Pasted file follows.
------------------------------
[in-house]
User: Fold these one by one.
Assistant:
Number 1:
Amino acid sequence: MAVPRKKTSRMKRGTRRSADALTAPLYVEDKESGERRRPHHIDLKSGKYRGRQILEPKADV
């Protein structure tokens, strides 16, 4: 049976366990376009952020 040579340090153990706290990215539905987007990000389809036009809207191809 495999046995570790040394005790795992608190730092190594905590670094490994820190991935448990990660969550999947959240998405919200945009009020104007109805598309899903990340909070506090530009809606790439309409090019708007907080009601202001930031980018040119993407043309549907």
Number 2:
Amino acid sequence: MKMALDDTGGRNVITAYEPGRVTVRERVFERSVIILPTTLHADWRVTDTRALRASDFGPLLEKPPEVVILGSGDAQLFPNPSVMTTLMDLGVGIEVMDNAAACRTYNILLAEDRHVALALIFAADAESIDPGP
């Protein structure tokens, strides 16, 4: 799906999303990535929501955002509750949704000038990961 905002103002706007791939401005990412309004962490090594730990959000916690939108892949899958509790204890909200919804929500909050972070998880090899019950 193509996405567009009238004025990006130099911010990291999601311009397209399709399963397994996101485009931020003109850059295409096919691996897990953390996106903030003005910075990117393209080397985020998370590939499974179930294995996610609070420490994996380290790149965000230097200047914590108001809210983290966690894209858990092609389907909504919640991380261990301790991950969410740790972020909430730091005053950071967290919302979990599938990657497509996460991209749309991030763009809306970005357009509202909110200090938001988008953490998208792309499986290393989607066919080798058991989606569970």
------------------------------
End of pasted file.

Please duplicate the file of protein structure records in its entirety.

[in-house]
User: Fold these one by one.
Assistant:
Number 1:
Amino acid sequence: MAVPRKKTSRMKRGTRRSADALTAPLYVEDKESGERRRPHHIDLKSGKYRGRQILEPKADV
């Protein structure tokens, strides 16, 4: 049976366990376009952020 040579340090153990706290990215539905987007990000389809036009809207191809 495999046995570790040394005790795992608190730092190594905590670094490994820190991935448990990660969550999947959240998405919200945009009020104007109805598309899903990340909070506090530009809606790439309409090019708007907080009601202001930031980018040119993407043309549907």
Number 2:
Amino acid sequence: MKMALDDTGGRNVITAYEPGRVTVRERVFERSVIILPTTLHADWRVTDTRALRASDFGPLLEKPPEVVILGSGDAQLFPNPSVMTTLMDLGVGIEVMDNAAACRTYNILLAEDRHVALALIFAADAESIDPGP
């Protein structure tokens, strides 16, 4: 799906999303990535929501955002509750949704000038990961 905002103002706007791939401005990412309004962490090594730990959000916690939108892949899958509790204890909200919804929500909050972070998880090899019950 193509996405567009009238004025990006130099911010990291999601311009397209399709399963397994996101485009931020003109850059295409096919691996897990953390996106903030003005910075990117393209080397985020998370590939499974179930294995996610609070420490994996380290790149965000230097200047914590108001809210983290966690894209858990092609389907909504919640991380261990301790991950969410740790972020909430730091005053950071967290919302979990599938990657497509996460991209749309991030763009809306970005357009509202909110200090938001988008953490998208792309499986290393989607066919080798058991989606569970």